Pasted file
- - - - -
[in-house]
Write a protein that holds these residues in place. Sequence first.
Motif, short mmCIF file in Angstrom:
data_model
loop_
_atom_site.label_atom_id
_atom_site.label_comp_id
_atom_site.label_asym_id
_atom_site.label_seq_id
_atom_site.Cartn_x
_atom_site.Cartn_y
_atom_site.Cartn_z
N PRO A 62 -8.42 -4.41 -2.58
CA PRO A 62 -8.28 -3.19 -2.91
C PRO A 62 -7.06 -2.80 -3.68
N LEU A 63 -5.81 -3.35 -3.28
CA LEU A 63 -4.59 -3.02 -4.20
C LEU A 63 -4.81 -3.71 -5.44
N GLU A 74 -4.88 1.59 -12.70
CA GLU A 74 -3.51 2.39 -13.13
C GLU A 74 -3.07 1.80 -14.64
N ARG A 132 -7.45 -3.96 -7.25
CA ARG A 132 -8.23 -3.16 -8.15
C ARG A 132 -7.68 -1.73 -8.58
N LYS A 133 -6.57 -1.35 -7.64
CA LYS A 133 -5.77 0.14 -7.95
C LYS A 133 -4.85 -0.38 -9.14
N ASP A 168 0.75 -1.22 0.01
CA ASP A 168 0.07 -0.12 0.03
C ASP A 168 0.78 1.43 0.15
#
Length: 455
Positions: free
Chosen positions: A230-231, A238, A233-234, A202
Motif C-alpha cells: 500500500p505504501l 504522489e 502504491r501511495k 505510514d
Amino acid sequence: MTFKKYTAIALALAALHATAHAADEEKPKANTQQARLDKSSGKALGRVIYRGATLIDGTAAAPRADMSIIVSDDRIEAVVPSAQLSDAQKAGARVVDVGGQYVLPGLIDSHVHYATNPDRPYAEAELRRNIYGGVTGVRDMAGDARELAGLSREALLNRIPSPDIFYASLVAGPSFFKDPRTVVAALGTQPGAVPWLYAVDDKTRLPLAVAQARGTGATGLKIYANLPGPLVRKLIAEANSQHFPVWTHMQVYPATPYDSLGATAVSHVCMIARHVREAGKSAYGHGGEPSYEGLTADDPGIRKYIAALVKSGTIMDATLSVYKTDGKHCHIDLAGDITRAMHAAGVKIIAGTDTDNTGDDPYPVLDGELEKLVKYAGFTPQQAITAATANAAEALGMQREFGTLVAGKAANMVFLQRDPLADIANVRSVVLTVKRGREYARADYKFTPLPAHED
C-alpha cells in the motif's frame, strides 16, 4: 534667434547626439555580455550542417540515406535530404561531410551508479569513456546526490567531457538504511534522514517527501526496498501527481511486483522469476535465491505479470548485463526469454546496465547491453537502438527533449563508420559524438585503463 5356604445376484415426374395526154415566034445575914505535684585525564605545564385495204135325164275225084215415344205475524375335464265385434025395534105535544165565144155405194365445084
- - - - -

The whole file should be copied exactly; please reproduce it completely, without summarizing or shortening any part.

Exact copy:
[in-house]
Write a protein that holds these residues in place. Sequence first.
Motif, short mmCIF file in Angstrom:
data_model
loop_
_atom_site.label_atom_id
_atom_site.label_comp_id
_atom_site.label_asym_id
_atom_site.label_seq_id
_atom_site.Cartn_x
_atom_site.Cartn_y
_atom_site.Cartn_z
N PRO A 62 -8.42 -4.41 -2.58
CA PRO A 62 -8.28 -3.19 -2.91
C PRO A 62 -7.06 -2.80 -3.68
N LEU A 63 -5.81 -3.35 -3.28
CA LEU A 63 -4.59 -3.02 -4.20
C LEU A 63 -4.81 -3.71 -5.44
N GLU A 74 -4.88 1.59 -12.70
CA GLU A 74 -3.51 2.39 -13.13
C GLU A 74 -3.07 1.80 -14.64
N ARG A 132 -7.45 -3.96 -7.25
CA ARG A 132 -8.23 -3.16 -8.15
C ARG A 132 -7.68 -1.73 -8.58
N LYS A 133 -6.57 -1.35 -7.64
CA LYS A 133 -5.77 0.14 -7.95
C LYS A 133 -4.85 -0.38 -9.14
N ASP A 168 0.75 -1.22 0.01
CA ASP A 168 0.07 -0.12 0.03
C ASP A 168 0.78 1.43 0.15
#
Length: 455
Positions: free
Chosen positions: A230-231, A238, A233-234, A202
Motif C-alpha cells: 500500500p505504501l 504522489e 502504491r501511495k 505510514d
Amino acid sequence: MTFKKYTAIALALAALHATAHAADEEKPKANTQQARLDKSSGKALGRVIYRGATLIDGTAAAPRADMSIIVSDDRIEAVVPSAQLSDAQKAGARVVDVGGQYVLPGLIDSHVHYATNPDRPYAEAELRRNIYGGVTGVRDMAGDARELAGLSREALLNRIPSPDIFYASLVAGPSFFKDPRTVVAALGTQPGAVPWLYAVDDKTRLPLAVAQARGTGATGLKIYANLPGPLVRKLIAEANSQHFPVWTHMQVYPATPYDSLGATAVSHVCMIARHVREAGKSAYGHGGEPSYEGLTADDPGIRKYIAALVKSGTIMDATLSVYKTDGKHCHIDLAGDITRAMHAAGVKIIAGTDTDNTGDDPYPVLDGELEKLVKYAGFTPQQAITAATANAAEALGMQREFGTLVAGKAANMVFLQRDPLADIANVRSVVLTVKRGREYARADYKFTPLPAHED
C-alpha cells in the motif's frame, strides 16, 4: 534667434547626439555580455550542417540515406535530404561531410551508479569513456546526490567531457538504511534522514517527501526496498501527481511486483522469476535465491505479470548485463526469454546496465547491453537502438527533449563508420559524438585503463 5356604445376484415426374395526154415566034445575914505535684585525564605545564385495204135325164275225084215415344205475524375335464265385434025395534105535544165565144155405194365445084